(Ethno)musicology Forum: “Wages for Brand Work: The Concrete Labor of Spotify Curation and the Limits of the ‘Affective Labor’ Frame”
Shannon Garland (University of California, Merced)
One job in the contemporary music industry is curation of playlists on streaming platforms like Spotify. The workers who curate such playlists would seem to be performing “affective labor,” in which the management of feeling is a component of work. This talk describes the creation of two branded Spotify playlists — Motorola’s “Hello São Paulo,” Itaú Bank’s “#VaiGarota” — by Brazilian contractors. It works through methodological and conceptual problems raised by the concept of “affective labor,” such as the difference between unpaid playlists made for friends and paid playlists directed by brands. It suggests these problems can be addressed by focusing on what labor, which always includes an affective dimension, produces within larger relations of capitalism and social reproduction. It argues that a key political question of affect is its role in mobilizing the reproduction of capital and capitalist social relations, including converting affectively dense, social values into commodified labor.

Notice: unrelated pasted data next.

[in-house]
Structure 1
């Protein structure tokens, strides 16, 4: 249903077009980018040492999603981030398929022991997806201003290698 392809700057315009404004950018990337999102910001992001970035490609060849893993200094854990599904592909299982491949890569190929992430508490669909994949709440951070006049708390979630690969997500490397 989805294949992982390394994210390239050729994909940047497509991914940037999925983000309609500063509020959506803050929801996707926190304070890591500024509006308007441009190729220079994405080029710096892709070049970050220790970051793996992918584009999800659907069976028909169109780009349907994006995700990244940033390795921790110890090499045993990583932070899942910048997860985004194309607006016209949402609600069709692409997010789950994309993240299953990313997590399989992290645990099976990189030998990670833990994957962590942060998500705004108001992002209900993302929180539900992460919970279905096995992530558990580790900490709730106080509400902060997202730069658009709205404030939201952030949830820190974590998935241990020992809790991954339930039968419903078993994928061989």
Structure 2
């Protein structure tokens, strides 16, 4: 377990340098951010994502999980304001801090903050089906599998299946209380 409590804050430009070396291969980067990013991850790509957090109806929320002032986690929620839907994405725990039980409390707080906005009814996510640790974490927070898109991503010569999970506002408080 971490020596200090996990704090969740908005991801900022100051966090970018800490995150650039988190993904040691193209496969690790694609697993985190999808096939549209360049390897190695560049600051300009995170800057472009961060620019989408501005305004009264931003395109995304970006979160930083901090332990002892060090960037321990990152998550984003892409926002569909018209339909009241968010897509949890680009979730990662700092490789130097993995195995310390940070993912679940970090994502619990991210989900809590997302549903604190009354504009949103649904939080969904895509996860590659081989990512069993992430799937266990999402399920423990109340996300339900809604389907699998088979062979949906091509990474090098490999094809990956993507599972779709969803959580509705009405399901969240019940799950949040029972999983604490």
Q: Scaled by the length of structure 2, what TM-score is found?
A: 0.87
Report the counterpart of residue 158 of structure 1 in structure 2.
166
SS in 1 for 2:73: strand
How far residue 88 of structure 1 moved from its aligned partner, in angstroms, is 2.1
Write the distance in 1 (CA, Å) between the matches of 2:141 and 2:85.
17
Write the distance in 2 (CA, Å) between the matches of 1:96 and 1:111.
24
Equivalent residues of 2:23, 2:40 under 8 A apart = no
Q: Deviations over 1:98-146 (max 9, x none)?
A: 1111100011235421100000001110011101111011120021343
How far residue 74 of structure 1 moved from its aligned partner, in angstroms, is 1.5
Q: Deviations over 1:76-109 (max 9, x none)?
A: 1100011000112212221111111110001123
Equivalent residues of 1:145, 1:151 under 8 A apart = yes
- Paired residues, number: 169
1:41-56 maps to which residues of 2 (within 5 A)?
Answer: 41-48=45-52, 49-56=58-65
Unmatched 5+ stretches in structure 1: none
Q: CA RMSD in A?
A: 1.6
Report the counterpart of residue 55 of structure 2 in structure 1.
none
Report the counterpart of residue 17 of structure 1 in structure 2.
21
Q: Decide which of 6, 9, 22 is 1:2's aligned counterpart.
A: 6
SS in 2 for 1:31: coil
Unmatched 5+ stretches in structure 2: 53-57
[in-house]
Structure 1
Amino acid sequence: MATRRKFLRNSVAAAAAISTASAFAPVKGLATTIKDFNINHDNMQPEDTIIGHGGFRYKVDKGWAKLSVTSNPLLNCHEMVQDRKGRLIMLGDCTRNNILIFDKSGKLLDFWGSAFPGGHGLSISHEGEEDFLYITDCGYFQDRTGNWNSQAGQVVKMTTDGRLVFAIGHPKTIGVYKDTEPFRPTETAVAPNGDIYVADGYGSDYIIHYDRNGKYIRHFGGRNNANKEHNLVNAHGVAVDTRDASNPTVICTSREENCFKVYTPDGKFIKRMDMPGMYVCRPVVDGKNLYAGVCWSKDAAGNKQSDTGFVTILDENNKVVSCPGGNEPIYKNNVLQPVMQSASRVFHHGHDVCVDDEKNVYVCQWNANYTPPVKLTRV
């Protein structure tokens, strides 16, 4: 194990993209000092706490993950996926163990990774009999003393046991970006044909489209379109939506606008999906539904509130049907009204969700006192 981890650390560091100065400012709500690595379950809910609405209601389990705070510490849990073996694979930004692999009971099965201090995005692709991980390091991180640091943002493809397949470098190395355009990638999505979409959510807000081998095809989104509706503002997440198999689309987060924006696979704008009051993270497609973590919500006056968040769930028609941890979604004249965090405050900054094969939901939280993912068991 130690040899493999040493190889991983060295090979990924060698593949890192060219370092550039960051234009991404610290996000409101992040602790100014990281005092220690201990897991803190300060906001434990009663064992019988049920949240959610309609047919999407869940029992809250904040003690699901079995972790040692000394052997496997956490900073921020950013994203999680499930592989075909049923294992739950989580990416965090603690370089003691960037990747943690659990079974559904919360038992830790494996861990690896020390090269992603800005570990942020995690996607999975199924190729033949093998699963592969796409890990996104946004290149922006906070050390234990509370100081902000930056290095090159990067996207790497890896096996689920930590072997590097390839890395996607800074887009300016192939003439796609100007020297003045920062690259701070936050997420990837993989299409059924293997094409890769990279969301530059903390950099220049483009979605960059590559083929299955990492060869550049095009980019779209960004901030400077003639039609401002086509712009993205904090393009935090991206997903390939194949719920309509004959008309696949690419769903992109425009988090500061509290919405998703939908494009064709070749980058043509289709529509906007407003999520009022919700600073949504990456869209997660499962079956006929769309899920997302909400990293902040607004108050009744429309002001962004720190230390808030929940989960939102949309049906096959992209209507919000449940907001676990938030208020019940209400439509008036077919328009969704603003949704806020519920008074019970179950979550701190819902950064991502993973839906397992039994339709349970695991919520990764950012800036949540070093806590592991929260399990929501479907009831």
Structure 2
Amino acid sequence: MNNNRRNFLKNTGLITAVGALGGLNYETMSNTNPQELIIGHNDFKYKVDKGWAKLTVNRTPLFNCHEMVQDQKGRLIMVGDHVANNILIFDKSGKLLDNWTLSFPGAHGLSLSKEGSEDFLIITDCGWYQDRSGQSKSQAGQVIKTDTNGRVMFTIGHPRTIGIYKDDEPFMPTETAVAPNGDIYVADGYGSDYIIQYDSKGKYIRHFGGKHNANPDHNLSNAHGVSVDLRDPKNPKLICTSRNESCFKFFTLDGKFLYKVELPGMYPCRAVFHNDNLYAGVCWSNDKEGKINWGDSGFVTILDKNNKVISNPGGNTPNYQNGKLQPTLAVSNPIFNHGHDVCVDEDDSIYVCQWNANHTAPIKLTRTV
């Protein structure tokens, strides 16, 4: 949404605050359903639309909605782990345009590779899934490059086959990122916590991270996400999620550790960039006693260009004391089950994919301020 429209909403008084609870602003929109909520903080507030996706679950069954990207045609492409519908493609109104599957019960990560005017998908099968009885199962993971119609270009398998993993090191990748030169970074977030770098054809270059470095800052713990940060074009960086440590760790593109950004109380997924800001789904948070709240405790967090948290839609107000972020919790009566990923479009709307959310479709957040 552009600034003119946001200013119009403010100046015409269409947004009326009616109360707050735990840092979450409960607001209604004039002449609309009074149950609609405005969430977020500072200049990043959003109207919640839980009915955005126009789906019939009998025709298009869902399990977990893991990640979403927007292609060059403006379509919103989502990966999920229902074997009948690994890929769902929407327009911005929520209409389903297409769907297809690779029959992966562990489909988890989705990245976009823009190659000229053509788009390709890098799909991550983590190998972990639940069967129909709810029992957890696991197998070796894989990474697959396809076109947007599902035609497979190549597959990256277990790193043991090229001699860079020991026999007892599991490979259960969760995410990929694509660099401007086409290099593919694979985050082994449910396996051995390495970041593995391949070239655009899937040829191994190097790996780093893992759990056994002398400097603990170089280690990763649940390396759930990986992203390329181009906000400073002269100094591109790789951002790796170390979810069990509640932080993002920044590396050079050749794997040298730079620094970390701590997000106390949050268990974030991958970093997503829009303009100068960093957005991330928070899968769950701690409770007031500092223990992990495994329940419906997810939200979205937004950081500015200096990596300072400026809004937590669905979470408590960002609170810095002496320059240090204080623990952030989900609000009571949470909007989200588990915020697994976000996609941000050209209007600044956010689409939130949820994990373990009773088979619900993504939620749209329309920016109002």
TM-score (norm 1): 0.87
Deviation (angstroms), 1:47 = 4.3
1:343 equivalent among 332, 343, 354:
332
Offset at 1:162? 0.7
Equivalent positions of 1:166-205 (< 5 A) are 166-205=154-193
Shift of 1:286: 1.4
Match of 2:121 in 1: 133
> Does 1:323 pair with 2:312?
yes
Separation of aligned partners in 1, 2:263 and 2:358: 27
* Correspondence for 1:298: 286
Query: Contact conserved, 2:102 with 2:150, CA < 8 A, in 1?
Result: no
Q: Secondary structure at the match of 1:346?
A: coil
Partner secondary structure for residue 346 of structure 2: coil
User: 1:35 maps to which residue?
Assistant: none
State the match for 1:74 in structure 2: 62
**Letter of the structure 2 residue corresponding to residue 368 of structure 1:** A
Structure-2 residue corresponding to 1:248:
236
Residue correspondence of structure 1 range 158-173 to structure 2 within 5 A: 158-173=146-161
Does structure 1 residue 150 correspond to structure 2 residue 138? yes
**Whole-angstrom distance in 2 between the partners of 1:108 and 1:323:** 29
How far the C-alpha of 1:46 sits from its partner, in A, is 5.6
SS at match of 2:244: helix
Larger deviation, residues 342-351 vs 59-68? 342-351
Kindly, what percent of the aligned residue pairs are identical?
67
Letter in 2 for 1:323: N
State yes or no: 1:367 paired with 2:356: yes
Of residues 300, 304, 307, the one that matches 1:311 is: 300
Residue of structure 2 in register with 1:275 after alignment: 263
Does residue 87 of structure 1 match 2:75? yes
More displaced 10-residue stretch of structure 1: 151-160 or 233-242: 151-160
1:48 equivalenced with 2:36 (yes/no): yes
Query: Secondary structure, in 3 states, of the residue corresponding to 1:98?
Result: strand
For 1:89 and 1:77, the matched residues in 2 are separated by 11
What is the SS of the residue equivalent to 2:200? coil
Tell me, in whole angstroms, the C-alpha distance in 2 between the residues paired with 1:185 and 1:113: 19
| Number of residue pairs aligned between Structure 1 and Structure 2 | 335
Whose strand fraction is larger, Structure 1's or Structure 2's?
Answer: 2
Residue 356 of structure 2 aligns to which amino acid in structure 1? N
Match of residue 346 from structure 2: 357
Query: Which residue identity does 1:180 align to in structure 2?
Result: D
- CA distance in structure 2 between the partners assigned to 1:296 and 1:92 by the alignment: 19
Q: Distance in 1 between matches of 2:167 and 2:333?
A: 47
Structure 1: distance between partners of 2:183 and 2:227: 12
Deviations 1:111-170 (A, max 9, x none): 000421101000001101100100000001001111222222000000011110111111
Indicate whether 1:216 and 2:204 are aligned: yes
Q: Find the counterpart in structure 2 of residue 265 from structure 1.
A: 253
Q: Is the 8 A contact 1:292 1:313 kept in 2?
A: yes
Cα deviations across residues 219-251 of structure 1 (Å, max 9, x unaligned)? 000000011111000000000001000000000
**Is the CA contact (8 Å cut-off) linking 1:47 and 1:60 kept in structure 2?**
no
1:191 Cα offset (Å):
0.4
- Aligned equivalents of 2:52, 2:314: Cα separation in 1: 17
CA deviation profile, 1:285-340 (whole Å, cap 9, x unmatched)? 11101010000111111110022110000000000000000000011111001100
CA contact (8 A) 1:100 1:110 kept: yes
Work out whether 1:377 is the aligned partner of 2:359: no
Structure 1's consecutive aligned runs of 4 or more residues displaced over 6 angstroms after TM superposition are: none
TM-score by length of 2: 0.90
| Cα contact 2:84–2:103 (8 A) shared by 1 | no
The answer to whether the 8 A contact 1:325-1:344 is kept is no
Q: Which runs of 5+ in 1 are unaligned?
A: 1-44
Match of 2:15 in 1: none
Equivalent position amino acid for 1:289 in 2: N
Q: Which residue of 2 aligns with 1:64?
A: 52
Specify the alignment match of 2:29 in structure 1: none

Shannon Garland is Lecturer in Global Arts, Media and Writing Studies at UC Merced. Her research investigates the production of popular music from an ethnographic, transnational perspective, focusing on indie music in South America. It is concerned with types of labor emerging in the music industries, and ties these to affective musical response, social relations, and economic value. Dr. Garland’s monograph-in-preparation, For the Love: Indie Music, Labor and Value in Brazil and Beyond, narrates the rise and transformation of the Brazilian indie music industry from 1990 to 2020, exploring the tension between social and aesthetic values created through musical labor and exchange and the need for this labor to be valorized as economic value within the capitalist social order. She is also co-editing Independence in 21st-Century Music Making: Cases from Beyond Anglo-America, with Pedro Roxo and Pedro Nunes. She holds a Ph.D. in Ethnomusicology from Columbia University.